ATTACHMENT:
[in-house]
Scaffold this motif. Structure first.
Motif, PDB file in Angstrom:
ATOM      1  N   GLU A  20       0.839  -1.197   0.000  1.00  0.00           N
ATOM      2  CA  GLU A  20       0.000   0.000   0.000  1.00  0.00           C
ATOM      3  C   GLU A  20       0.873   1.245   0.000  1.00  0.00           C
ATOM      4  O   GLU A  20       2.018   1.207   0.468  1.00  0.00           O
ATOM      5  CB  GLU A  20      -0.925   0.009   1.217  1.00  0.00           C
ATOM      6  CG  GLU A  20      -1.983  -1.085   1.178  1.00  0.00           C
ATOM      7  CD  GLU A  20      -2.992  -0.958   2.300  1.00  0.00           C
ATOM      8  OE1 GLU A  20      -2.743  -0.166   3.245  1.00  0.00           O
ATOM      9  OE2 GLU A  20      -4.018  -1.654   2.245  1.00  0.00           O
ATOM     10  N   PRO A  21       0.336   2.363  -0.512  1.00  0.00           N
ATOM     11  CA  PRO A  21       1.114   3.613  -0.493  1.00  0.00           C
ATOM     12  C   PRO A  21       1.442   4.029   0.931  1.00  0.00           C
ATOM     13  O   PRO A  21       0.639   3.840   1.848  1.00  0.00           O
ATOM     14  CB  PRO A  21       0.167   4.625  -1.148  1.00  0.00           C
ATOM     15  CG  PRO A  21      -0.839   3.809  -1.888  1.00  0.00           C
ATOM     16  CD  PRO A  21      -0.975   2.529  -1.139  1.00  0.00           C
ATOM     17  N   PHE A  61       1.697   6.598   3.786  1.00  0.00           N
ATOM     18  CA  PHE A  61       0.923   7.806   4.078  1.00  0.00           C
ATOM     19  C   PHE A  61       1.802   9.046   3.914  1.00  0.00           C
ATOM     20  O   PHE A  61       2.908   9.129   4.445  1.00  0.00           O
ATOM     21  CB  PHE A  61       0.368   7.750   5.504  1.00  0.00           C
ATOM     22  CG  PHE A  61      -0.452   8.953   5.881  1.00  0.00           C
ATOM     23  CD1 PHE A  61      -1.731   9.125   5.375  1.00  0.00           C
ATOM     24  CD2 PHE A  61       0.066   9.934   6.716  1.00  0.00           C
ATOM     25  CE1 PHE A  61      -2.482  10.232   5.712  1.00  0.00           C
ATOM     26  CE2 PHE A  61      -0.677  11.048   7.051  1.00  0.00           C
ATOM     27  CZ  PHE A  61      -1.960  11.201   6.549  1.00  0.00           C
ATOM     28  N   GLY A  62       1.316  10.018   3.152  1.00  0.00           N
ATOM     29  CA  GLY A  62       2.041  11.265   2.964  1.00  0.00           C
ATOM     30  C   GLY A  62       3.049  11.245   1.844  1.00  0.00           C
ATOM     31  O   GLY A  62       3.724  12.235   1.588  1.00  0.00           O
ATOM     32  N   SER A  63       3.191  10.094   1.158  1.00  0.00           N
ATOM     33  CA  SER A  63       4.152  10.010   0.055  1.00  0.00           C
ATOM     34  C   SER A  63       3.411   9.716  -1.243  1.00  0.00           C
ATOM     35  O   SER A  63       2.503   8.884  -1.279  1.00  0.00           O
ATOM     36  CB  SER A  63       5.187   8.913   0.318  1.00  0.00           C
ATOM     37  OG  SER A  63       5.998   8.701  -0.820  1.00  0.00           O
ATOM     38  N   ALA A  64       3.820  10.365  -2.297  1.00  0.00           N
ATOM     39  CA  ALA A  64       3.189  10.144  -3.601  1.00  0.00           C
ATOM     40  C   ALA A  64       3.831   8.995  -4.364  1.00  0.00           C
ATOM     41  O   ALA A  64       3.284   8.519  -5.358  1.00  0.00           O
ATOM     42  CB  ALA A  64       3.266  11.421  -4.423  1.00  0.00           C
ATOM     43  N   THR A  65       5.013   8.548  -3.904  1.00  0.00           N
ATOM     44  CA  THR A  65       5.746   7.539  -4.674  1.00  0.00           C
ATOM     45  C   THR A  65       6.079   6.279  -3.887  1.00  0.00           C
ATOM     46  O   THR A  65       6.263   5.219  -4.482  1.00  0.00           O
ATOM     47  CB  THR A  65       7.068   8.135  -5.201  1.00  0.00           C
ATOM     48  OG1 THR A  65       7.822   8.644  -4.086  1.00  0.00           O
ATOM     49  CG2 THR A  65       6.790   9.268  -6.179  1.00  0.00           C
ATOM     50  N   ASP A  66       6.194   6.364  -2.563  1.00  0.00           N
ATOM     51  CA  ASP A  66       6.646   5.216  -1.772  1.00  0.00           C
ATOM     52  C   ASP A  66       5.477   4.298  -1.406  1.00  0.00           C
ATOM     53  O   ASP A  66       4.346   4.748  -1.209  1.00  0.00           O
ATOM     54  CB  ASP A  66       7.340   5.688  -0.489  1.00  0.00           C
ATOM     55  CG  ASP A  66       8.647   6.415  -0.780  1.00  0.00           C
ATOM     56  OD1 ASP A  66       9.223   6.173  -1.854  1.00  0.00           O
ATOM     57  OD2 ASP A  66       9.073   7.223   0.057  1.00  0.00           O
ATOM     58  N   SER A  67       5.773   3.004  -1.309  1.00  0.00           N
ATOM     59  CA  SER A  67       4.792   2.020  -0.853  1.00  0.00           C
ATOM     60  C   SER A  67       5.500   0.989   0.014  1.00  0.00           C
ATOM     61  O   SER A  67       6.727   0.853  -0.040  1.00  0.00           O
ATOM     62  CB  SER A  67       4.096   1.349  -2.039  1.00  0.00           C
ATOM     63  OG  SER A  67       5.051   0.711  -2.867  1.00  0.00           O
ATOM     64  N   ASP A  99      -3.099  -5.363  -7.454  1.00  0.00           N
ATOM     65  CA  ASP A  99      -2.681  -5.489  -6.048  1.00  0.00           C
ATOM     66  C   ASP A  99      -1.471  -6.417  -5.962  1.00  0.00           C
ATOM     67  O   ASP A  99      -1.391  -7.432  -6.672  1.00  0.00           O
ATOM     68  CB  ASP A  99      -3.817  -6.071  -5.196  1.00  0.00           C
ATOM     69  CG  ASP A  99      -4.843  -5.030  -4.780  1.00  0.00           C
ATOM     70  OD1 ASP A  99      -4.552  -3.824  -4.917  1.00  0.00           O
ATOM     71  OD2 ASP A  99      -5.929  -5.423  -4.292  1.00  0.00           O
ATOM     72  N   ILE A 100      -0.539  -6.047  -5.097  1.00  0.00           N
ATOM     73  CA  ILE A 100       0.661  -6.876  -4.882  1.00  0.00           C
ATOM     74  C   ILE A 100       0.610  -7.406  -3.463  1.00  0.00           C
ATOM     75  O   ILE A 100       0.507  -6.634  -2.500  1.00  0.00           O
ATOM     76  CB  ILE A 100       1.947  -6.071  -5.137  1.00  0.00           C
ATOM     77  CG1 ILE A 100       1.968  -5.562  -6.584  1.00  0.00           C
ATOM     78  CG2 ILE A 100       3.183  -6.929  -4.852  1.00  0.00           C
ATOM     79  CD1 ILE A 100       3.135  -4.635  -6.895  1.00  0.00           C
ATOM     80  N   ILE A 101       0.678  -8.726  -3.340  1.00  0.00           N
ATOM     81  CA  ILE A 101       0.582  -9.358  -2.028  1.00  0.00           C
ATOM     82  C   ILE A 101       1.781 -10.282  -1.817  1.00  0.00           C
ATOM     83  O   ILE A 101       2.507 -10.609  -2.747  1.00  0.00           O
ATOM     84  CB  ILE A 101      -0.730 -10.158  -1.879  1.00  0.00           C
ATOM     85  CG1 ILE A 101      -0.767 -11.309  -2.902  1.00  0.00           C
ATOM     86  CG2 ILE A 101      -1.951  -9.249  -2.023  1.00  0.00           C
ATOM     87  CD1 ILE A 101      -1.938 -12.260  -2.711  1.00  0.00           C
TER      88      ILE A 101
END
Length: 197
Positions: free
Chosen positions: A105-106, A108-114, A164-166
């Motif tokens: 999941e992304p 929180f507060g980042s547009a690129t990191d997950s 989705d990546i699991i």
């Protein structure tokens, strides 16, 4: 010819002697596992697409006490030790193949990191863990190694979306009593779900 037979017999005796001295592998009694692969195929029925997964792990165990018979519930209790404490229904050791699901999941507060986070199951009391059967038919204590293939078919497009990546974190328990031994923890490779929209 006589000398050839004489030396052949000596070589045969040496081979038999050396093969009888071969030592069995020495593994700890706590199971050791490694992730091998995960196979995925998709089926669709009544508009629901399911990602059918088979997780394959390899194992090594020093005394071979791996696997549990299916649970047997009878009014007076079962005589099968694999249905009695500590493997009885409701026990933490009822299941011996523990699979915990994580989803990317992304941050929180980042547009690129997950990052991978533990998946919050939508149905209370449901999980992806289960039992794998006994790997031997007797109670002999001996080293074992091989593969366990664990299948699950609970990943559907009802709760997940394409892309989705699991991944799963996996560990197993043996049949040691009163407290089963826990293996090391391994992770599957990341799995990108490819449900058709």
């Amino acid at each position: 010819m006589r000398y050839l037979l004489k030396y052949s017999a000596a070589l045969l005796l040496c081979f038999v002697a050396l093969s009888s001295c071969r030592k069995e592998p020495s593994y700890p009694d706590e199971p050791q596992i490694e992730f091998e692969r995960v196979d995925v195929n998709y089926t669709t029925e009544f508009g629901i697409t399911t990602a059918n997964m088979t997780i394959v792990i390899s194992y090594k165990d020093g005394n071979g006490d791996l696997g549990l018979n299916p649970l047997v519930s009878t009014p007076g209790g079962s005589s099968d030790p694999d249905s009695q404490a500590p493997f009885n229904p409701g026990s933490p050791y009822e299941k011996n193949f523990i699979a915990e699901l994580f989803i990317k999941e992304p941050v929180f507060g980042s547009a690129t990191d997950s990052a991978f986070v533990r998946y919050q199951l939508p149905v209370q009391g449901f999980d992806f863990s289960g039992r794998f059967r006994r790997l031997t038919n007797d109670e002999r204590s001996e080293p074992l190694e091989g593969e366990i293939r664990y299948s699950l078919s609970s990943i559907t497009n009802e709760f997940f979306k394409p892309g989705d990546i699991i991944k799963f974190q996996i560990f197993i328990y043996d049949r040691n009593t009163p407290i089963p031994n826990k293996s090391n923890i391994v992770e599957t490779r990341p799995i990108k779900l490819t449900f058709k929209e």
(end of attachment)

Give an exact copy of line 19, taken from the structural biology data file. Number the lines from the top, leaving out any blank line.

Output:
ATOM     16  CD  PRO A  21      -0.975   2.529  -1.139  1.00  0.00           C